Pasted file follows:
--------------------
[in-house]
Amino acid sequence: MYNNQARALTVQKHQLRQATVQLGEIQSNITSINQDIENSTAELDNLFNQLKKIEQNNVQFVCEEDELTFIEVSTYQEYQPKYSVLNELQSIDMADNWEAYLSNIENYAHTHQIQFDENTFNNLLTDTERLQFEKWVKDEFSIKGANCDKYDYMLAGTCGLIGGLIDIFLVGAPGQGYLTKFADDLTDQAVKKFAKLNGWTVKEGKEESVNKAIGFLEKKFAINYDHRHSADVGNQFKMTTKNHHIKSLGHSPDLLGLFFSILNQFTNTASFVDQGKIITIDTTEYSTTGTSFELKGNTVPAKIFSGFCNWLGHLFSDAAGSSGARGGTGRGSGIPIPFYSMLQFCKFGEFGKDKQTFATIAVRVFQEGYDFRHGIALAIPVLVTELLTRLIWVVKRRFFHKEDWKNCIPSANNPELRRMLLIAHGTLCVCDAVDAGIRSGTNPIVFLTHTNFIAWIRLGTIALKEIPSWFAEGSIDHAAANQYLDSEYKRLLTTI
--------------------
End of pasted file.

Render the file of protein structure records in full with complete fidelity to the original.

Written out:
[in-house]
Amino acid sequence: MYNNQARALTVQKHQLRQATVQLGEIQSNITSINQDIENSTAELDNLFNQLKKIEQNNVQFVCEEDELTFIEVSTYQEYQPKYSVLNELQSIDMADNWEAYLSNIENYAHTHQIQFDENTFNNLLTDTERLQFEKWVKDEFSIKGANCDKYDYMLAGTCGLIGGLIDIFLVGAPGQGYLTKFADDLTDQAVKKFAKLNGWTVKEGKEESVNKAIGFLEKKFAINYDHRHSADVGNQFKMTTKNHHIKSLGHSPDLLGLFFSILNQFTNTASFVDQGKIITIDTTEYSTTGTSFELKGNTVPAKIFSGFCNWLGHLFSDAAGSSGARGGTGRGSGIPIPFYSMLQFCKFGEFGKDKQTFATIAVRVFQEGYDFRHGIALAIPVLVTELLTRLIWVVKRRFFHKEDWKNCIPSANNPELRRMLLIAHGTLCVCDAVDAGIRSGTNPIVFLTHTNFIAWIRLGTIALKEIPSWFAEGSIDHAAANQYLDSEYKRLLTTI